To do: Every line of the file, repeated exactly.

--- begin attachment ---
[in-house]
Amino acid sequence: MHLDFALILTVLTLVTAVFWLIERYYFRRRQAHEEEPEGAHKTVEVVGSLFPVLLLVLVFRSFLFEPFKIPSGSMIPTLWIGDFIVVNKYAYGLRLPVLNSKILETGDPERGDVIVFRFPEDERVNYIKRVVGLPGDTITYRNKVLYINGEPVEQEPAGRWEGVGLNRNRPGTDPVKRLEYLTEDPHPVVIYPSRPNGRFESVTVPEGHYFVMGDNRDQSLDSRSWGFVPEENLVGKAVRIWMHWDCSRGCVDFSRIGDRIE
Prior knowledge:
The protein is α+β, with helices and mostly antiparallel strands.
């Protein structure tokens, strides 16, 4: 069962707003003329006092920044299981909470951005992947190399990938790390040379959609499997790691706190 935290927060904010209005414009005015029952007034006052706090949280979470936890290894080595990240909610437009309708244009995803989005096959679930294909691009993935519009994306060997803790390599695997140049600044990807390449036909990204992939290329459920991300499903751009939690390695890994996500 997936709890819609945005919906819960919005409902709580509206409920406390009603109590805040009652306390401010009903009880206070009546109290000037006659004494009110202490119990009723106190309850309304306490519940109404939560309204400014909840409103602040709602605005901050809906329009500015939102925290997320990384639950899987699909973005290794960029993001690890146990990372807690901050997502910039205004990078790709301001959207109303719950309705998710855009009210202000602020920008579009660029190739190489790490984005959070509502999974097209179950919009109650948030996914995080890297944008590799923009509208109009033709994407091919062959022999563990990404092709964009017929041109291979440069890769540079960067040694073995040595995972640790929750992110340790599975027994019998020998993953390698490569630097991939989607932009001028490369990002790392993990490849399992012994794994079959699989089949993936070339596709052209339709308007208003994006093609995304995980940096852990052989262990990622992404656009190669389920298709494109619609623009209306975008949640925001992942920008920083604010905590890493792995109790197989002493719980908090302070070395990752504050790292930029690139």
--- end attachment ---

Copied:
[in-house]
Amino acid sequence: MHLDFALILTVLTLVTAVFWLIERYYFRRRQAHEEEPEGAHKTVEVVGSLFPVLLLVLVFRSFLFEPFKIPSGSMIPTLWIGDFIVVNKYAYGLRLPVLNSKILETGDPERGDVIVFRFPEDERVNYIKRVVGLPGDTITYRNKVLYINGEPVEQEPAGRWEGVGLNRNRPGTDPVKRLEYLTEDPHPVVIYPSRPNGRFESVTVPEGHYFVMGDNRDQSLDSRSWGFVPEENLVGKAVRIWMHWDCSRGCVDFSRIGDRIE
Prior knowledge:
The protein is α+β, with helices and mostly antiparallel strands.
């Protein structure tokens, strides 16, 4: 069962707003003329006092920044299981909470951005992947190399990938790390040379959609499997790691706190 935290927060904010209005414009005015029952007034006052706090949280979470936890290894080595990240909610437009309708244009995803989005096959679930294909691009993935519009994306060997803790390599695997140049600044990807390449036909990204992939290329459920991300499903751009939690390695890994996500 997936709890819609945005919906819960919005409902709580509206409920406390009603109590805040009652306390401010009903009880206070009546109290000037006659004494009110202490119990009723106190309850309304306490519940109404939560309204400014909840409103602040709602605005901050809906329009500015939102925290997320990384639950899987699909973005290794960029993001690890146990990372807690901050997502910039205004990078790709301001959207109303719950309705998710855009009210202000602020920008579009660029190739190489790490984005959070509502999974097209179950919009109650948030996914995080890297944008590799923009509208109009033709994407091919062959022999563990990404092709964009017929041109291979440069890769540079960067040694073995040595995972640790929750992110340790599975027994019998020998993953390698490569630097991939989607932009001028490369990002790392993990490849399992012994794994079959699989089949993936070339596709052209339709308007208003994006093609995304995980940096852990052989262990990622992404656009190669389920298709494109619609623009209306975008949640925001992942920008920083604010905590890493792995109790197989002493719980908090302070070395990752504050790292930029690139």